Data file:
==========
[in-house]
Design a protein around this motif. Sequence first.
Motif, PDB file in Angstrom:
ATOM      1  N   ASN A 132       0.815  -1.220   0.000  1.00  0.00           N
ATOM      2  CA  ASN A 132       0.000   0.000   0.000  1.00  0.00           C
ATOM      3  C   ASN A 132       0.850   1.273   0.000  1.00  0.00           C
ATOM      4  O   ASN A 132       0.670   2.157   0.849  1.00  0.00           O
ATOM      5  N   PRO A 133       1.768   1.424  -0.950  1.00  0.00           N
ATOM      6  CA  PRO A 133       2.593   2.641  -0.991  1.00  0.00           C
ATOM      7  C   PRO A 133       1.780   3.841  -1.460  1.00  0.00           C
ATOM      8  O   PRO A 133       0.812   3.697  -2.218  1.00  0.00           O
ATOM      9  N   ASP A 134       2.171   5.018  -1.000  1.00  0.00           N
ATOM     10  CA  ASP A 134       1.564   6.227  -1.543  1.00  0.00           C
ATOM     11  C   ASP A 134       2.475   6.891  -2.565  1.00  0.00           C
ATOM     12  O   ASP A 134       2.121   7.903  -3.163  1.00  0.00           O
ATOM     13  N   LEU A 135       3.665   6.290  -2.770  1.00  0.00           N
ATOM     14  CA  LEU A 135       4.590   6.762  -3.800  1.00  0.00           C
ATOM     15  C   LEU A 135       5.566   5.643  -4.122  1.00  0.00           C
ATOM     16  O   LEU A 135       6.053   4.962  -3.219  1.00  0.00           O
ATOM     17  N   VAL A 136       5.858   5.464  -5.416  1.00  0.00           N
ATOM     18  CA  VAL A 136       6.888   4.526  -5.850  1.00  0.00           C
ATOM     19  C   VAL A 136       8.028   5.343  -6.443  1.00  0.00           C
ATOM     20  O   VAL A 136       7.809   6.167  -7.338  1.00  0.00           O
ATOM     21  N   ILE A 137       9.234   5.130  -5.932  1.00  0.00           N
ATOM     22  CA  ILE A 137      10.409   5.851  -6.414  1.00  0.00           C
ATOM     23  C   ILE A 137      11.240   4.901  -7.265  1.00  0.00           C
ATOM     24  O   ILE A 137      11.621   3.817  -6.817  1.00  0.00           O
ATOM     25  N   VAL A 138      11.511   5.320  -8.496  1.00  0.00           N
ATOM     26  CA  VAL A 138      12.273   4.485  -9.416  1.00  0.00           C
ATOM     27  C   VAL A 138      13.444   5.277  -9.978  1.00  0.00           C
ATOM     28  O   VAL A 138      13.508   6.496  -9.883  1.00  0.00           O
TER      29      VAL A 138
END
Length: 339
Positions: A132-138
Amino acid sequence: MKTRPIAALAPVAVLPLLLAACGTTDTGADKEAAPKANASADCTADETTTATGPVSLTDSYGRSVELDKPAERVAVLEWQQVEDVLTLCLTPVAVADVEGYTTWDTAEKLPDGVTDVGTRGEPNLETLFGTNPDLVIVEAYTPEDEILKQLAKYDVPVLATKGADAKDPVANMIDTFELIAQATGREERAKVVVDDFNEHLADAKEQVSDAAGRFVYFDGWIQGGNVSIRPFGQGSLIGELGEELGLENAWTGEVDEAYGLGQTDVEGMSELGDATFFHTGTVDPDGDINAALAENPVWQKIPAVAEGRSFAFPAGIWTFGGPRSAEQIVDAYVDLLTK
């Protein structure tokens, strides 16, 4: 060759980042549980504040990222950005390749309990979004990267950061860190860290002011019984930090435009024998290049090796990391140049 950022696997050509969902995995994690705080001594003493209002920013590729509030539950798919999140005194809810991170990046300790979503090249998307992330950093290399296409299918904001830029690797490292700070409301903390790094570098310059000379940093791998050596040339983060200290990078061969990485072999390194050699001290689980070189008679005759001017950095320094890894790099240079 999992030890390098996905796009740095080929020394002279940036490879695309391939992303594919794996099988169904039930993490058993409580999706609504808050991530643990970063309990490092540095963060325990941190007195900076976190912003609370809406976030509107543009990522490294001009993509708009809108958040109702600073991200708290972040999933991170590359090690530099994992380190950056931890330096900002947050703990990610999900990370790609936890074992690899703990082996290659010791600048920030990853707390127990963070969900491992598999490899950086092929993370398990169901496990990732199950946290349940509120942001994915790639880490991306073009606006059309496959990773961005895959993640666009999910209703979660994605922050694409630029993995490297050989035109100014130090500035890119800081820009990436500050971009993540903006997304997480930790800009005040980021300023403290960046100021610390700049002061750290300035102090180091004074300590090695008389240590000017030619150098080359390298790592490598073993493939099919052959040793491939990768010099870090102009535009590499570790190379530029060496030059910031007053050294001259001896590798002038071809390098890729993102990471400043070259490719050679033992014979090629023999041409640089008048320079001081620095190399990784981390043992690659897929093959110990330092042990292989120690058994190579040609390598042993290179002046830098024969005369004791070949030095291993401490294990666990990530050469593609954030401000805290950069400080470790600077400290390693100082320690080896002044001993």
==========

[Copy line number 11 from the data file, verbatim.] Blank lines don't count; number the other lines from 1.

ATOM      8  O   PRO A 133       0.812   3.697  -2.218  1.00  0.00           O